Bookmarked Australian curriculum review: strengthened but still a long way from an amazing curriculum for all Australian students (aare.edu.au)

A greater emphasis on the basics in the curriculum might produce a small bump in test results, but the effects of an impoverished curriculum will be much longer lasting, especially for those students who are most marginalised and disadvantaged.

As such, we need to shift the debate away from one that engages in endless cultural and ideological dispute, or one which focuses on the lowest denominators of basic literacy and numeracy, to one that asks how we can meaningfully ensure that all young people, but especially those least advantaged, have access to an engaging, high-quality and rich curriculum.

Stewart Riddle discusses the push for dumbing down the curriculum and explains that the biggest consequence is in regards to inequality. Riddle also discusses this on the TER Podcast.
Listened TER #139 – Re-Imagining Education for Democracy with Stewart Riddle – 30 Sept 2019 from Teachers’ Education Review

Visit the post for more.

Stewart Riddle discusses the issue of democracy in education captured in a book Re-imagining Democracy in Education. He suggests that liberalism has been too tilted towards the individual, in a democratic approach every school would be a good school, not just those with the ‘right’ community or outcomes. The challenge is that there are many facets where this plays out, from student strikes to questions around surveillance.

For more on democracy and education, there is going to be another summit on the topic:

Liked Re-imagining education for democracy in these politically troubled times (EduResearch Matters)

I believe the more educators talk about what we see going wrong in education, the more our communities will understand and respond to our concerns. However, it is not simply a matter of talking about what is going wrong; we need to talk about what could happen instead. We need to deeply connect with our communities over our disquiet, hear what they have to say, and build credible alternate visions of education together.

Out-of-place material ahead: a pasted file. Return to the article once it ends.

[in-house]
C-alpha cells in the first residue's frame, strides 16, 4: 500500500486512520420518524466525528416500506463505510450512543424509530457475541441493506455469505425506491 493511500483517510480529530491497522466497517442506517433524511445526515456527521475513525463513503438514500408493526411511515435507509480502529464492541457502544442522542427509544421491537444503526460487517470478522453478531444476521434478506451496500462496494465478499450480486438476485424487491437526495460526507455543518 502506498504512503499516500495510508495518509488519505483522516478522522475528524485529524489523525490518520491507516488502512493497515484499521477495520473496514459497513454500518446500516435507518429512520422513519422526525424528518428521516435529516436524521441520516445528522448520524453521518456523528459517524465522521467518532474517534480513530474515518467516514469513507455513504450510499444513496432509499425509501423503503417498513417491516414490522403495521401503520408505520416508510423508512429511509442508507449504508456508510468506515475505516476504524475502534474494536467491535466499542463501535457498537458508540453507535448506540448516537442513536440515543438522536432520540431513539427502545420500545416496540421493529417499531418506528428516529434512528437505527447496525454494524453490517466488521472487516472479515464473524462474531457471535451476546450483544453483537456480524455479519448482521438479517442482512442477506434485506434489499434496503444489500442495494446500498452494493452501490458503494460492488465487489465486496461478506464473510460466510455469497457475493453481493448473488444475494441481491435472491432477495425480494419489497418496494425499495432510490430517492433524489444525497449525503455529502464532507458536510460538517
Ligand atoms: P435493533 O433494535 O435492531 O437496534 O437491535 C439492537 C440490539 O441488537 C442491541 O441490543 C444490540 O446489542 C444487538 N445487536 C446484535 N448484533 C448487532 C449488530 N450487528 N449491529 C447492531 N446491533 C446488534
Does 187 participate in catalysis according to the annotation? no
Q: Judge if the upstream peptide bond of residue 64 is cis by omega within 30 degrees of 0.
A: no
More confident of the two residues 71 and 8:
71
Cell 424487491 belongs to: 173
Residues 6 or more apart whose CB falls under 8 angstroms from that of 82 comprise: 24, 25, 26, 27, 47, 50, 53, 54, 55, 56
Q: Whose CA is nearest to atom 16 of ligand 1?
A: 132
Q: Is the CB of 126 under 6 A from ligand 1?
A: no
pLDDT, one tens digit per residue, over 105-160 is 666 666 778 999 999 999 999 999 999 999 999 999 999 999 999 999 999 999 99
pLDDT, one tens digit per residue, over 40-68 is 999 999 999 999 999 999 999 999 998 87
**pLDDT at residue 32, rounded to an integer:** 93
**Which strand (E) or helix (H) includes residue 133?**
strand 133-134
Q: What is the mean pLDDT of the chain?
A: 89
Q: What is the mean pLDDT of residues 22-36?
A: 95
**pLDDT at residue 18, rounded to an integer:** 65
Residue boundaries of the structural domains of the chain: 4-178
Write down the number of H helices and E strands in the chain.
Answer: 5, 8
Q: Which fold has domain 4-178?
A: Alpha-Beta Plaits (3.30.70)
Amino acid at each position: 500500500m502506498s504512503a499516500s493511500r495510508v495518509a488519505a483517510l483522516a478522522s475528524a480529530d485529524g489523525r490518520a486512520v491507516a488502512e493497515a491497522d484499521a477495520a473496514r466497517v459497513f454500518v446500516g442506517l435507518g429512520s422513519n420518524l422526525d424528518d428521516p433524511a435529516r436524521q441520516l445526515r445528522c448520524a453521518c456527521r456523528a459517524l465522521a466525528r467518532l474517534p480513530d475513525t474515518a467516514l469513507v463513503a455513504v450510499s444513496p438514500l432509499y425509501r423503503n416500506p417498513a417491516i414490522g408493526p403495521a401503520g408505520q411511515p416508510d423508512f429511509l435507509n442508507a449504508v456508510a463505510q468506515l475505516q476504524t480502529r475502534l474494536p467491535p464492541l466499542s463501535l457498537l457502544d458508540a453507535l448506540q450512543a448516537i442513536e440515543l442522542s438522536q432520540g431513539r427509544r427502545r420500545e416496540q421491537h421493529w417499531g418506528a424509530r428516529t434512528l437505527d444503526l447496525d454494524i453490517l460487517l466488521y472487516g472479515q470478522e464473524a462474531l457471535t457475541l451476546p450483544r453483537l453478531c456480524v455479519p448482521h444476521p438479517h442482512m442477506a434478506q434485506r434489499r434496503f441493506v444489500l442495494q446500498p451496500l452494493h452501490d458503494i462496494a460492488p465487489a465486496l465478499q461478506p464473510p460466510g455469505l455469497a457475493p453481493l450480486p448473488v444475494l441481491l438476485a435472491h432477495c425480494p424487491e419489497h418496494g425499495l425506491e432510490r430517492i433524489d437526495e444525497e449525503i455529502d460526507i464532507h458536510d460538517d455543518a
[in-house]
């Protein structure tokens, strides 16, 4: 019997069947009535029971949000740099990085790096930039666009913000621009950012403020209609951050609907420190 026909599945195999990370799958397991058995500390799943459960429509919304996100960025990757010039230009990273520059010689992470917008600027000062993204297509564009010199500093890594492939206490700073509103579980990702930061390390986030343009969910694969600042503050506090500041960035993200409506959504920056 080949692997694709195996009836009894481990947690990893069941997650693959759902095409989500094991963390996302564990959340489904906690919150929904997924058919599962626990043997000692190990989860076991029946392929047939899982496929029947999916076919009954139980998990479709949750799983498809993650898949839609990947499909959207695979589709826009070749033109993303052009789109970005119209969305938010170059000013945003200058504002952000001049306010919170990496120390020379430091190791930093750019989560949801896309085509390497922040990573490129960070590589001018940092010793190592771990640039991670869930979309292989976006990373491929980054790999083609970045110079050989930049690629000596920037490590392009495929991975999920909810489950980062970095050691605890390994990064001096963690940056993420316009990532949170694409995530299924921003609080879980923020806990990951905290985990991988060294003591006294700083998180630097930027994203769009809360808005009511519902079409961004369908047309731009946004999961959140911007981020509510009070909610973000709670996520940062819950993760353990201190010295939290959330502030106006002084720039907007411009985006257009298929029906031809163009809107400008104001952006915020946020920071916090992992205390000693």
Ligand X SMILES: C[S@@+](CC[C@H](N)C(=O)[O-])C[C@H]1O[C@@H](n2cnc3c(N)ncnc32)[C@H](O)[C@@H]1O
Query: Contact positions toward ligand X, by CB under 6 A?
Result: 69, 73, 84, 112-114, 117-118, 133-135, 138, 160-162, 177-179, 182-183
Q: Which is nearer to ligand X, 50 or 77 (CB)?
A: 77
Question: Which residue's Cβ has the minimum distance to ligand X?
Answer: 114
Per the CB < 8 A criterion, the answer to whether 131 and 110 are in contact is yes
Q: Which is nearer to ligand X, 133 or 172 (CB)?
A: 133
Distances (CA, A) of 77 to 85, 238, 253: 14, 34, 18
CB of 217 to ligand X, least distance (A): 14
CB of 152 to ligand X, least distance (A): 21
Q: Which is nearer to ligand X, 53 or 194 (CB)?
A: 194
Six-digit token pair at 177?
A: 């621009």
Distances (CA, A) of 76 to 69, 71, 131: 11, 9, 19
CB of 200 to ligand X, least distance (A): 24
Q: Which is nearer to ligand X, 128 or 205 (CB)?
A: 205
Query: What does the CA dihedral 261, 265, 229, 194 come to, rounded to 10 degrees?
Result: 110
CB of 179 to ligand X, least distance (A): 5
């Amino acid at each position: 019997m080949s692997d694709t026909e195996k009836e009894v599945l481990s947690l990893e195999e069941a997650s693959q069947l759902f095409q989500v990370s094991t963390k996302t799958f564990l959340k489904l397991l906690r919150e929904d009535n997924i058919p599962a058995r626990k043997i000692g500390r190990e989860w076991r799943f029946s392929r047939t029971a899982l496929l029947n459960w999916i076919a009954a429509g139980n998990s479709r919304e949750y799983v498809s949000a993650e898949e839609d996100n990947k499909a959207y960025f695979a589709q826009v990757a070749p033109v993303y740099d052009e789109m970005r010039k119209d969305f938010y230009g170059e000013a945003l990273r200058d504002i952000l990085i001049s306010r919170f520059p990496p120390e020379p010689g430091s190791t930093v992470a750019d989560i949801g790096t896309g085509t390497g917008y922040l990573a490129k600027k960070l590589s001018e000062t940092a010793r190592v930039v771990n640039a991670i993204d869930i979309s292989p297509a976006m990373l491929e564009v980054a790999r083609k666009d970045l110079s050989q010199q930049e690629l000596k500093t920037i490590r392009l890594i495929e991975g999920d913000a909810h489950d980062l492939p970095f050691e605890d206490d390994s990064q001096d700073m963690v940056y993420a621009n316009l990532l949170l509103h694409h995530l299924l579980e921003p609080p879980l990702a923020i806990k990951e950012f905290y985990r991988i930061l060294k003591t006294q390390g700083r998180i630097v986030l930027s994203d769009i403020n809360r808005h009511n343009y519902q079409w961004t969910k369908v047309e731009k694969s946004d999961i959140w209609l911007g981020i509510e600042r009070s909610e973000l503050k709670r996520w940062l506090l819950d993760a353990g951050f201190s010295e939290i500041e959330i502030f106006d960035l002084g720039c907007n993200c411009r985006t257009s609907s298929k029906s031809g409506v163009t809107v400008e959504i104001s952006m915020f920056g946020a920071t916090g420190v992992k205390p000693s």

Listened TER #128 – Teachers and Social Media with Stewart Riddle – 17 Feb 2019 from TER Podcast

Dr Stewart Riddle discusses issues facing teachers engaging in social media, and questions the notion of who gets to speak on behalf of teachers.

Stewart Riddle talks about the collapse in dialogue online, especially in regards to solving social problems. He discusses the rise in educelebs, where the focus becomes on the individual, rather than the change at hand. See for example Darcy Moore’s discussion of the ‘cult of John Hattie‘. Riddle questions our understanding of how problematic being on Twitter can be. He discusses @RealPeerReview and the role that serves in fuelling mass criticism. Riddle is mindful of pointing out that this is not that experience of everyone and that there is still an eduTwitter focused on sharing practice and resources. Something captured by Ian Guest. This is another post to the list associated with toxic Twitter.
Bookmarked

Stewart Riddle discusses the five steps, which every failing teacher can follow to improve not only their students’ test scores, but also their lives, relationships and financial success:

  1. Focus on the learner
  2. Teach them some stuff
  3. Check that they learnt some stuff
  4. Teach them some more stuff
  5. Enjoy your amazing new successful look

Here’s a testimonal from a ‘real’ teacher:

“I tried Learner-Based-Learning™️ in my classroom and it completely transformed me overnight!”